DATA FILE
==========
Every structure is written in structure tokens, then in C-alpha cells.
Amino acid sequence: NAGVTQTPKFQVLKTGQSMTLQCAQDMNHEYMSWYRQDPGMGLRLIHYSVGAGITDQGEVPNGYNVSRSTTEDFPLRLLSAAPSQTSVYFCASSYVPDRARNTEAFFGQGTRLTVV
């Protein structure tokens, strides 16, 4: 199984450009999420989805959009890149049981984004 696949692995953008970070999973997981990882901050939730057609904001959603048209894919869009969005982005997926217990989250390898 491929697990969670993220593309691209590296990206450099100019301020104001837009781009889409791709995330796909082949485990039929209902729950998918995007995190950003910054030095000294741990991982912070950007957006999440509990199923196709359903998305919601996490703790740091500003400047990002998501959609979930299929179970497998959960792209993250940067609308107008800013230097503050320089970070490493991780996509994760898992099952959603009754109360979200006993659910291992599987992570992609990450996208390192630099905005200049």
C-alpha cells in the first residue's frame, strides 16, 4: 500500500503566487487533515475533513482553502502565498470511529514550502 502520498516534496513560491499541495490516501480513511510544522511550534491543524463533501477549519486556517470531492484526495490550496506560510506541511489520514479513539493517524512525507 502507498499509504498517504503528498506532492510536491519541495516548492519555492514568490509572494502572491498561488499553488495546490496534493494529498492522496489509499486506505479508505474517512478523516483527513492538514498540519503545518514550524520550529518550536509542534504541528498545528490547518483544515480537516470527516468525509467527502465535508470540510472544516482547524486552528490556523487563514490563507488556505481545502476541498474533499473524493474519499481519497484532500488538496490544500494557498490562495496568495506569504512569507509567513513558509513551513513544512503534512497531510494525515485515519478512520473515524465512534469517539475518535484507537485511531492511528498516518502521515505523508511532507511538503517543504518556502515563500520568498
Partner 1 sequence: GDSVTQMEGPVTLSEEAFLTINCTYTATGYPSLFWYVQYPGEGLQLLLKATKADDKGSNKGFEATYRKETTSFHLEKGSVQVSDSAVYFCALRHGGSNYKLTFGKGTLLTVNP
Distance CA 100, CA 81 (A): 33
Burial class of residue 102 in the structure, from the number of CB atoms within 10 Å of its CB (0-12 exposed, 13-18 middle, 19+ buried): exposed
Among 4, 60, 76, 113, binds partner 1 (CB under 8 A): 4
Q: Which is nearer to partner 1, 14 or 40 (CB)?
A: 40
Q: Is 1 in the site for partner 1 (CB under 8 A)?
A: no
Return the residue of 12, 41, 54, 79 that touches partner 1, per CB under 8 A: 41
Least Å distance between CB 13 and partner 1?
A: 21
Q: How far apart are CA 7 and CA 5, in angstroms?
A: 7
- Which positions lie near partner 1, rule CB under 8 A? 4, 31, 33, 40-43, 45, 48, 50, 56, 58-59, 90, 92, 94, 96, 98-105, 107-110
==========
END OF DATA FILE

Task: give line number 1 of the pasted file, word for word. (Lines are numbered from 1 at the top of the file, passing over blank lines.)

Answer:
Every structure is written in structure tokens, then in C-alpha cells.